This is where we in the U.S. are headed if we put a community organizer and his friends in charge of how docs get paid. Obamedicine. When you incentivize something, something else somewhere else will be compromised. To get optimal medical care, you would have to pay a “bonu$” for each and every little thing under the sun that the doc should do.

Never mind what you the patient actually went to the doc toge thelp with. You will be spending your visit answering a big range of questions and going through a range of screening activities each vist, so the docs can piecemeal their salary together.

People note that a big difference between the U.S. healthcare system and other healthcare systems is the “overhead:” paperwork, claims certification, etc. Sure, it would be great to see a system where the capitalist system is subverted and paperwork costs are dropped. But this NEJM study, exposing the weak results from UK’s experience, suggests how much micro-management, bureaucracy, documentation, and paperwork would be needed to adjust docs to perform “optimal” behavior.

Upon scanning this article, I don’t see how such extensive oversight will yield the suggested savings. My guess is that we will have an equal or geater level of "overhead."

We need to use this evidence as it comes out of UK’s extensive years of top-down management before we decide if we want to adopt their plan. For that reason, this NEJM article is very valuable and needs to be digested well.

So, let's take some time before we vote for this 1,000+ page health care reform plan that no one has yet read. [BTW: FWIW: I heard, to be "green," it was printed on the flip-side of the sheets of paper used to print the 1,000+ page TARP.]

Friday, July 24, 2009

Special JAMA edition on mental health! coming May 2010!!!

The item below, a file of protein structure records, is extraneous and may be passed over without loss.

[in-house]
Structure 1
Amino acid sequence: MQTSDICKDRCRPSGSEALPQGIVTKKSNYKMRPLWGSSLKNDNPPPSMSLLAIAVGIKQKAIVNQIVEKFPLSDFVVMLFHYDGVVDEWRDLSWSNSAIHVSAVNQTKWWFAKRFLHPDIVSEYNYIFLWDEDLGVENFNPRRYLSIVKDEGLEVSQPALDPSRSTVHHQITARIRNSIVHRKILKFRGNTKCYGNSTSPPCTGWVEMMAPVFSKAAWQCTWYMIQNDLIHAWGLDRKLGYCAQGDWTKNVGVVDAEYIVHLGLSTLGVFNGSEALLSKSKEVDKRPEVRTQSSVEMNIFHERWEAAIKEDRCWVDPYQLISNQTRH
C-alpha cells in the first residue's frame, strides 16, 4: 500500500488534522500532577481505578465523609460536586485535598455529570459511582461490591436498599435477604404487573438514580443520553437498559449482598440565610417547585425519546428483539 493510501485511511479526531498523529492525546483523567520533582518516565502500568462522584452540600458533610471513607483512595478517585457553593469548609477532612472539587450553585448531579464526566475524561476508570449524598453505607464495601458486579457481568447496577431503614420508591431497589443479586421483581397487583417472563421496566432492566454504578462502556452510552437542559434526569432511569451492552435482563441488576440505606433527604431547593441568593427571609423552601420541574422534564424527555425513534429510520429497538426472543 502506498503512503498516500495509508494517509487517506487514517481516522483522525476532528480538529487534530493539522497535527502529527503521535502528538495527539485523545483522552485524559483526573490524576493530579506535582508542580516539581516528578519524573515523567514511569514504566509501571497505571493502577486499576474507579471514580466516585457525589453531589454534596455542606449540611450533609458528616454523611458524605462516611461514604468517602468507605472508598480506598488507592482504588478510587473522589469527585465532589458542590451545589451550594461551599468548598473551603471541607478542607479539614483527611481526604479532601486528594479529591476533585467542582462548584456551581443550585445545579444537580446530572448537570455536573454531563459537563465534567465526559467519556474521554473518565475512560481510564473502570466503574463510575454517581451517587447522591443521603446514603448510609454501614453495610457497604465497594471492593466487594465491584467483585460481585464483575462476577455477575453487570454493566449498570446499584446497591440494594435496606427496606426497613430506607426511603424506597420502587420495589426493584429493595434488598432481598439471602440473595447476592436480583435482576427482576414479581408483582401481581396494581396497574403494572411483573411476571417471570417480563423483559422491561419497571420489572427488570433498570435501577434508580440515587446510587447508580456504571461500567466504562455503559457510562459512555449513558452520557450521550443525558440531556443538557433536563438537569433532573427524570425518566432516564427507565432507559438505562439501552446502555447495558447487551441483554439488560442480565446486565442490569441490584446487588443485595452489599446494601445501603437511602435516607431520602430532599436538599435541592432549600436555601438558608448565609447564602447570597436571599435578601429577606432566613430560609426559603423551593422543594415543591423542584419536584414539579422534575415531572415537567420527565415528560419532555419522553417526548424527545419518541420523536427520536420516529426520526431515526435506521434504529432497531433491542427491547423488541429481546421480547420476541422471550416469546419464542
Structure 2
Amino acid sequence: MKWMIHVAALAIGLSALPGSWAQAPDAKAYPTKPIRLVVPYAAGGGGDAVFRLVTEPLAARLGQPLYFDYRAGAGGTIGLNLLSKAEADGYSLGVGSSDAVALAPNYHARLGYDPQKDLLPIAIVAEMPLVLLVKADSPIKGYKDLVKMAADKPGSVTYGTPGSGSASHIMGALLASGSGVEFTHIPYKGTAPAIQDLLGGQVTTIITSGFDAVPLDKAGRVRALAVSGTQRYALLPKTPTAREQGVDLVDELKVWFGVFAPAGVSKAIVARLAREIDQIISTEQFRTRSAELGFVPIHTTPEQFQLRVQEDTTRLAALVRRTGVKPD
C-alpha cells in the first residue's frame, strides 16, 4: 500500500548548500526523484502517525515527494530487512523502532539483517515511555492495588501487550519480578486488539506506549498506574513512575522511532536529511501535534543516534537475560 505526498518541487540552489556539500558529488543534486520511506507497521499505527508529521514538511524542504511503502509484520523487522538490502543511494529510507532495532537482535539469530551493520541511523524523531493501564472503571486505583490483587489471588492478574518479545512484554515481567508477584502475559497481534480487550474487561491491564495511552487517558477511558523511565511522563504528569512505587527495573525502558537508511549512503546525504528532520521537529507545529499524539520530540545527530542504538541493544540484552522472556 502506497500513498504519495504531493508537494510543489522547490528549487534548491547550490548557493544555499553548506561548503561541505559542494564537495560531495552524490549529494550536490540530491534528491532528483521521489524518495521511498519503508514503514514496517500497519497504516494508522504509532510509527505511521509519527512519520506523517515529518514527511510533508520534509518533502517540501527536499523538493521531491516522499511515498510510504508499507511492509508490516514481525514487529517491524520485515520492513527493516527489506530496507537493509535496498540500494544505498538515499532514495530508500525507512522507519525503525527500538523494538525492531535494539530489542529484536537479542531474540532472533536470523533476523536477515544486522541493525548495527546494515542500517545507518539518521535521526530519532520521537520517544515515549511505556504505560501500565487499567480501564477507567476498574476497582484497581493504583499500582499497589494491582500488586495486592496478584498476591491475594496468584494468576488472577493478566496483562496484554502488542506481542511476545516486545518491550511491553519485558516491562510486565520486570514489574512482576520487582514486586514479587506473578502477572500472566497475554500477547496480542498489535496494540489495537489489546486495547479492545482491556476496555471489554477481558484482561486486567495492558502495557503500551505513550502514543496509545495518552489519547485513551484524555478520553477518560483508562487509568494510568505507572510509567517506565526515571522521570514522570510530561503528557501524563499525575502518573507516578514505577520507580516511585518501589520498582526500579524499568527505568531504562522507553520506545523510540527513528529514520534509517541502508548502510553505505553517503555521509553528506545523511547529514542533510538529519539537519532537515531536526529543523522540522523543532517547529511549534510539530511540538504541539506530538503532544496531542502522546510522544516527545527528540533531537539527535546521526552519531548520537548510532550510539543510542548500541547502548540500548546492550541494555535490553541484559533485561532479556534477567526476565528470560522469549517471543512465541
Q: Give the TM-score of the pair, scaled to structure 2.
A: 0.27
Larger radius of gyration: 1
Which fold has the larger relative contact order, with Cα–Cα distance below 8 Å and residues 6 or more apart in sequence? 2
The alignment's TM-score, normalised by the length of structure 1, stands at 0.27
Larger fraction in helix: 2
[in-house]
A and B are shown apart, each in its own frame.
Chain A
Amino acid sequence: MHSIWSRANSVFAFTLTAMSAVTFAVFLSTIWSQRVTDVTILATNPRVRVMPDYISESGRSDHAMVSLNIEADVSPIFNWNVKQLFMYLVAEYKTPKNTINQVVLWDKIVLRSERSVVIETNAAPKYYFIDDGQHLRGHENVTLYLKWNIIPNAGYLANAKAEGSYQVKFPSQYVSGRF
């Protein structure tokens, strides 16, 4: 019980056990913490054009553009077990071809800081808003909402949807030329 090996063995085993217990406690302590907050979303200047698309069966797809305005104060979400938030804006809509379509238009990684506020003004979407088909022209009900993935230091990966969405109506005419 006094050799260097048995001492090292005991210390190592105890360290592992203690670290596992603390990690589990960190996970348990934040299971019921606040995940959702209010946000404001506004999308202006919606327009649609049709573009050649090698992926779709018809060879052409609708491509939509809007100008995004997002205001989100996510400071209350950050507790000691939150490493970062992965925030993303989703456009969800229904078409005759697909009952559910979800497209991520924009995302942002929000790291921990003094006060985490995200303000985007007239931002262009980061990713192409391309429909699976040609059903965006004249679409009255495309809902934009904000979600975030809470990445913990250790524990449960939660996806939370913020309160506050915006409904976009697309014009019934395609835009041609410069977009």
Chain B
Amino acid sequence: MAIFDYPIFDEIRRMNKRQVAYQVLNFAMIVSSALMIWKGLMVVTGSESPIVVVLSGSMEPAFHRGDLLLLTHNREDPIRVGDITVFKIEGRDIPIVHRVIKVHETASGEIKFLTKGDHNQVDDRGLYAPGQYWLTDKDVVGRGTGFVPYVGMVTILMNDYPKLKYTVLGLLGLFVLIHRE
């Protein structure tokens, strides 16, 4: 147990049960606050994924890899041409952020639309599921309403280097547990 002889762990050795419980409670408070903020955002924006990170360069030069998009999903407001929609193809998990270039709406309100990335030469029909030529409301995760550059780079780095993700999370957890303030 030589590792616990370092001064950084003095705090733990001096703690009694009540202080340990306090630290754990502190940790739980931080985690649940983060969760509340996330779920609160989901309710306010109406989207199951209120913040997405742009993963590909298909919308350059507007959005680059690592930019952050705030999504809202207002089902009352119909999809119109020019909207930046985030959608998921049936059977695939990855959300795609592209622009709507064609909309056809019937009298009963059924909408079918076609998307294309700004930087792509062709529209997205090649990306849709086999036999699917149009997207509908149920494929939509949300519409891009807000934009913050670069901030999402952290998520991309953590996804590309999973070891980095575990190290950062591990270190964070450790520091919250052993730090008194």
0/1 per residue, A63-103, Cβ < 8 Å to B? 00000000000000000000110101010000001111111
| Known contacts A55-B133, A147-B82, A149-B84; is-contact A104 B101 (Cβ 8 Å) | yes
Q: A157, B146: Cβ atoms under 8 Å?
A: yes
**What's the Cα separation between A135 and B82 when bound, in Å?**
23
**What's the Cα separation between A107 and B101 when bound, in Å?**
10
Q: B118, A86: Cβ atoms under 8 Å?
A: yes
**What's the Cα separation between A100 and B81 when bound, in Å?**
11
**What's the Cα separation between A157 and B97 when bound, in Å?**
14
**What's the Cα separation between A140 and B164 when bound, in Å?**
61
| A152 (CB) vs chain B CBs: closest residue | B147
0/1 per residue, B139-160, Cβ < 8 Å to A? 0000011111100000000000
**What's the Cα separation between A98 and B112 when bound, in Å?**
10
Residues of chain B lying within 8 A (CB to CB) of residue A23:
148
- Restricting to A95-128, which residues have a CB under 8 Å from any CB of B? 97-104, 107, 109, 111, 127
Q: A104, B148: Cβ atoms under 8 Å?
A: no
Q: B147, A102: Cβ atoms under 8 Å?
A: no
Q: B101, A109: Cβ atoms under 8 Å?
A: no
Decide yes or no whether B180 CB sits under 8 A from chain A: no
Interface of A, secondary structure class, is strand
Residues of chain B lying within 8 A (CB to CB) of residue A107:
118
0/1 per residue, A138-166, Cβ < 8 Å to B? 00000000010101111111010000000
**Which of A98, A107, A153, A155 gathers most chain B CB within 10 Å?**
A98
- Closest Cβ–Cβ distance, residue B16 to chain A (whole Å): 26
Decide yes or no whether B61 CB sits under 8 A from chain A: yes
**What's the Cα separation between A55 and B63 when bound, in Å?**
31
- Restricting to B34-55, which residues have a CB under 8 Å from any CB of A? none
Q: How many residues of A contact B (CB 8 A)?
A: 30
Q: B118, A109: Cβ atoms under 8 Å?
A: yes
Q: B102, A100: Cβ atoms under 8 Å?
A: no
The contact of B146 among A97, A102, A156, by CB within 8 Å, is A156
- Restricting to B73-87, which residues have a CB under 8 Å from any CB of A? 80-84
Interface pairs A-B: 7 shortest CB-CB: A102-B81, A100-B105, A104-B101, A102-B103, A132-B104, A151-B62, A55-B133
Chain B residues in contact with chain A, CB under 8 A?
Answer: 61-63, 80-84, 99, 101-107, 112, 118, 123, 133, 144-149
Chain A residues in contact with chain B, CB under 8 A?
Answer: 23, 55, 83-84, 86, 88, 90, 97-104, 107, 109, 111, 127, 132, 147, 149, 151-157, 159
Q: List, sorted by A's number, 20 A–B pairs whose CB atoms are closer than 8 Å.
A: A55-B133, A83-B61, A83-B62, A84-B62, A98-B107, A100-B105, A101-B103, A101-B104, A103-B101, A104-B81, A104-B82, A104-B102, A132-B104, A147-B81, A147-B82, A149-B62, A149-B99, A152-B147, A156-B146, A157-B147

Get ready! Special JAMA edition on mental health! coming May 2010!!!

With all of the garbage parading as mental health research that has been published in JAMA, including the Robinson post-stroke paper which has actually climbed into the "infamous" category, I can only wait with baited breath to see how the pharma puppets spin their med solutions this time.

JAMA's call for papers, written by Richard Glass, notes: "All submitted manuscripts will undergo JAMA's usual rigorous editorial evaluation and review."

Is that supposed to be taken seriously?

JAMA has been hit hard regarding Robinson and other shams, and all they have done is defensively hit back, inclusing name-calling, rather than acknowledge the gaping holes in the fabric of editorial credulity. My recent observations:

A decade ago, here is what Glass concluded after conducting a systematic review of medical research journal policies regarding conflicts of interest:

"Conclusions: Most medical, biology, and economics journals have not developed written policies to deal with conflicts of interest. Publication of substantive articles authored by the chief editor of the journal raises questions about conflicts of interest in oversight of the peer review and manuscript acceptance processes."
(Google any of those phrases or the title, "A SURVEY OF JOURNAL CONFLICT OF INTEREST POLICIES," to find the original.)

Glass has written a great deal regarding COI, and hopefully he will be able to police this upcoming special edition for any funny business. I have one article in development that will qualify. Right on the timeline. A review of evidence. The conclusion will be: therapy wins.

Monday, July 6, 2009

FDA sez: Side Effects of 2 Antidepressant Meds: Depression and Suicide

AP story July 1:
"NEW YORK - The Food and Drug Administration will require two smoking-cessation drugs, Chantix and Zyban, to carry the agency’s strongest safety warning over side effects including depression and suicidal thoughts.
The new requirement, called a “Black Box” warning, is based on reports of people experiencing unusual changes in behavior, becoming depressed, or having suicidal thoughts while taking the drugs.
The antidepressant Wellbutrin, which has the same active ingredient as GlaxoSmithKline PLC’s Zyban, already carries such a warning."

Does this seem odd to anyone except me?

Technically, Chantix is not an "antidepressant." It seems to have simialr effect in the brain as the various antidepressants associated with aggressive impulsiveness, including suicidality and homicidality.

Zyban is the same as Wellbutrin, an antidepressant. Just re-labeled.